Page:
Simple, Organized Info Is Desired

One of the most consistent themes among the participants so far has been the desire for court resources to be simple and quick to use. For instance, we heard from many individuals who want courts to use simple language, concise instructions and well-organized documents or videos. Some participants specifically requested more spacing around paragraphs, and people found sections with bullet points or short fill-in-the blank questions easy to understand.

We anticipate delving more deeply into strategies for making court resources simpler to use and comprehend. Additionally, participants have been identifying key information that is missing from the material and sharing their emotional responses to the court resources. We look forward to examining these and other themes in more detail after we conclude our focus groups later this month. 

Check back soon for a summary of our findings and a guide for courts, which we will provide on a new RSI webpage this spring!

As always, RSI is grateful to the AAA-ICDR Foundation for supporting this important work.

RSI Guide Will Help Courts Make ODR Communications More Accessible

Rachel Feinstein, September 14th, 2023

In 2022, RSI and the University of California, Davis, published two evaluations of court-related online dispute resolution (ODR) programs. A main finding of those evaluations was that parties did not have sufficient information about the programs they were being required to use. We went on to look at programs in other courts and found that the information available to parties about ODR varied, and that courts, despite making significant efforts to provide this information, needed help to do so. This was especially true for communicating with self-represented litigants. Our findings have led RSI to conduct new research that will result in a guide for courts that need to communicate with parties about their ODR programs.

The Case for Accessible Court Communications

RSI Researcher Rachel Feinstein, pictured, and Director of Research Jennifer Shack facilitated focus groups for RSI’s ODR Party Engagement (OPEN) Project in Berlin, NH, in late August.

Across the US, 72% of family law cases and 76% of civil cases involve at least one self-represented litigant. As more people are handling civil cases without a lawyer, it is increasingly important that everyone can understand and use court communications, regardless of their educational background. Accessible court communications can reduce default rates and increase access to court services and programs, including ODR programs.

Half of the adult population in the US struggles to read lengthy, dense texts to complete tasks and accurately answer questions. Developing court resources with this in mind can significantly improve people’s understanding of how to access court resources, and can increase participation rates in various programs. One recent study found that simplifying the text used in court forms improved participants’ understanding of the purpose of a subpoena from 23% to 70%. Studies have also found important patterns in the reading styles and strategies of people who have low literacy, such as avoiding dense blocks of text and ignoring information on the left and right sides of the web page. Effective court communications take these types of reading patterns into account.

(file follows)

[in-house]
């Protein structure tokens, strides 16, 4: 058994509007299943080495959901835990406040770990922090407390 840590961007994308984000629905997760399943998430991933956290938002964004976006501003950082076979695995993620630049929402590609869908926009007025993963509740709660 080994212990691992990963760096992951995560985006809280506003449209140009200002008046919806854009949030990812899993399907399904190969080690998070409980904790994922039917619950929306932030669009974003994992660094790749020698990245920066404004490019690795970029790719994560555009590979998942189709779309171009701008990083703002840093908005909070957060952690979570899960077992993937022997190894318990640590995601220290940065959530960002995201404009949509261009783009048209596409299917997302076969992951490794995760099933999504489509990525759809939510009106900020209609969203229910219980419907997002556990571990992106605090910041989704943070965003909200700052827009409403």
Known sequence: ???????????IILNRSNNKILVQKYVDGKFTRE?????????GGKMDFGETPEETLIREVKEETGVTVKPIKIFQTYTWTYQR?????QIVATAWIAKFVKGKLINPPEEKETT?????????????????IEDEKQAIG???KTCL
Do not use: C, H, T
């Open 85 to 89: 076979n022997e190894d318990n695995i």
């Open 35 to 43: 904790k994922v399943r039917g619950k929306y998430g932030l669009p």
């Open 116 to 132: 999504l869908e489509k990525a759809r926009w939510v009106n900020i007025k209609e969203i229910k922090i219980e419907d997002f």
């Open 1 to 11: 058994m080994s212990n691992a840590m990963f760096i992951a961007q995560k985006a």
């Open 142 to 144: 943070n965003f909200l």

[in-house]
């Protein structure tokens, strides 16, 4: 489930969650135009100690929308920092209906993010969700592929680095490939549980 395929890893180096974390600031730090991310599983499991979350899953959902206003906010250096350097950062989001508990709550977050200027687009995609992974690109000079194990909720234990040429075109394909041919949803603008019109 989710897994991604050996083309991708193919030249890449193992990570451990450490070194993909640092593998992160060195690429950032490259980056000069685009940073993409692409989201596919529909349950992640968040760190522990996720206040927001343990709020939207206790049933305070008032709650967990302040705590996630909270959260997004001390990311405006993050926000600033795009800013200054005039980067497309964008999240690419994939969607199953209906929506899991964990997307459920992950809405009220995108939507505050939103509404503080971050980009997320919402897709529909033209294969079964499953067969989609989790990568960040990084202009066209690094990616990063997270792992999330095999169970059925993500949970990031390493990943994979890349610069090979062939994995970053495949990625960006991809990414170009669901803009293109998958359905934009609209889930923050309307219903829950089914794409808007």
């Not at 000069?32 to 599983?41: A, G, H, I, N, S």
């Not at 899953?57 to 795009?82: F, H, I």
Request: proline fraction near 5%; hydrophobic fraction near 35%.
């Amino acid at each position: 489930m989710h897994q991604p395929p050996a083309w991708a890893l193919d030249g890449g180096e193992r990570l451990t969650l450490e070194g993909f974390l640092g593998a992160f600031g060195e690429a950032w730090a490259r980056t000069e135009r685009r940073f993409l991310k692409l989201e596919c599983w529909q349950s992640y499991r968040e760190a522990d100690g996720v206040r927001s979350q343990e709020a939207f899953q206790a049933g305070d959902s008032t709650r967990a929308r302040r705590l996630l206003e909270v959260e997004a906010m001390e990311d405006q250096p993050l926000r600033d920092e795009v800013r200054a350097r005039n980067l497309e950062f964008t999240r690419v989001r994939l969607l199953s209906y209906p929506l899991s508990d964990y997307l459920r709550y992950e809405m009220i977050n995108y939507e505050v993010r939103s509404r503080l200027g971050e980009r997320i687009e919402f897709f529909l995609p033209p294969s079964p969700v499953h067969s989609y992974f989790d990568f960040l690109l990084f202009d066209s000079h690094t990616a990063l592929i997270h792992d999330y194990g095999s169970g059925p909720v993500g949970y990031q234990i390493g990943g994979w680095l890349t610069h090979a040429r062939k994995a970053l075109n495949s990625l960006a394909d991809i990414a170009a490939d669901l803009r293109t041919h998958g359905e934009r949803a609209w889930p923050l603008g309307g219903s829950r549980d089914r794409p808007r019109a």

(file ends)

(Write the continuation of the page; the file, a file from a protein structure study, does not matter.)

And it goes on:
Digital Literacy is Another Challenge

But language and writing styles are not the only issues. Many people rely on websites and online resources provided by courts to gather the information they need, provide information to courts, and participate in online court programs. Despite widespread use of the internet, a large percentage of US adults struggle with digital literacy, or the ability to use digital technology to find information, complete tasks or communicate.

When designing websites or other digital resources, courts can benefit from recognizing common patterns among people who have low digital literacy skills. For example, people with low digital literacy will often avoid the use of search boxes, opting instead to link surf. And it is common to satisfice quickly, or give up before finding necessary information. In RSI’s forthcoming guide for courts, we will provide more information about reading patterns and strategies common among people with low literacy and low digital literacy, with the aim of supporting courts in developing ODR material everyone can use.    

Helping ODR Serve More Parties

The movement to use accessible court communications helps both parties and the courts. For example, civil courts throughout the country are investing in ODR programs. Many people can benefit from the convenience, lower cost and less intimidating process of resolving conflicts online. However, ODR participation rates remain very low, even when it is mandatory. If self-represented litigants understand the steps they need to take, more may take part in their case and do so in a more informed manner. This, in turn, will help courts by increasing participation in ODR.